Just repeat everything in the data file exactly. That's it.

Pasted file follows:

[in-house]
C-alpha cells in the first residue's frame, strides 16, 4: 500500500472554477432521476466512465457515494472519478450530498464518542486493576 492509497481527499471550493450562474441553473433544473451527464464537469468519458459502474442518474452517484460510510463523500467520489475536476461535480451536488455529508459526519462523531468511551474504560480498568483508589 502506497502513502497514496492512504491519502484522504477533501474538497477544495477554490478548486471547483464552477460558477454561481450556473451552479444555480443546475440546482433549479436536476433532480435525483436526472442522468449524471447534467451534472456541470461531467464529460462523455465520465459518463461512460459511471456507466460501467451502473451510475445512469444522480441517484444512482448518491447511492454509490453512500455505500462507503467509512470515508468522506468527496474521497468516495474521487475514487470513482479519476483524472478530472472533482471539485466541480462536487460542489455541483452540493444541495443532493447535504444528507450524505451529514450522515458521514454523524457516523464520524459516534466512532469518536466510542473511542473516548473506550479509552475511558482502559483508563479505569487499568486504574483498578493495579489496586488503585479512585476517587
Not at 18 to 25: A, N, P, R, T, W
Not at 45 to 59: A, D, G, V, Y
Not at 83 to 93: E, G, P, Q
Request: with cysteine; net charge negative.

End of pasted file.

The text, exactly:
[in-house]
C-alpha cells in the first residue's frame, strides 16, 4: 500500500472554477432521476466512465457515494472519478450530498464518542486493576 492509497481527499471550493450562474441553473433544473451527464464537469468519458459502474442518474452517484460510510463523500467520489475536476461535480451536488455529508459526519462523531468511551474504560480498568483508589 502506497502513502497514496492512504491519502484522504477533501474538497477544495477554490478548486471547483464552477460558477454561481450556473451552479444555480443546475440546482433549479436536476433532480435525483436526472442522468449524471447534467451534472456541470461531467464529460462523455465520465459518463461512460459511471456507466460501467451502473451510475445512469444522480441517484444512482448518491447511492454509490453512500455505500462507503467509512470515508468522506468527496474521497468516495474521487475514487470513482479519476483524472478530472472533482471539485466541480462536487460542489455541483452540493444541495443532493447535504444528507450524505451529514450522515458521514454523524457516523464520524459516534466512532469518536466510542473511542473516548473506550479509552475511558482502559483508563479505569487499568486504574483498578493495579489496586488503585479512585476517587
Not at 18 to 25: A, N, P, R, T, W
Not at 45 to 59: A, D, G, V, Y
Not at 83 to 93: E, G, P, Q
Request: with cysteine; net charge negative.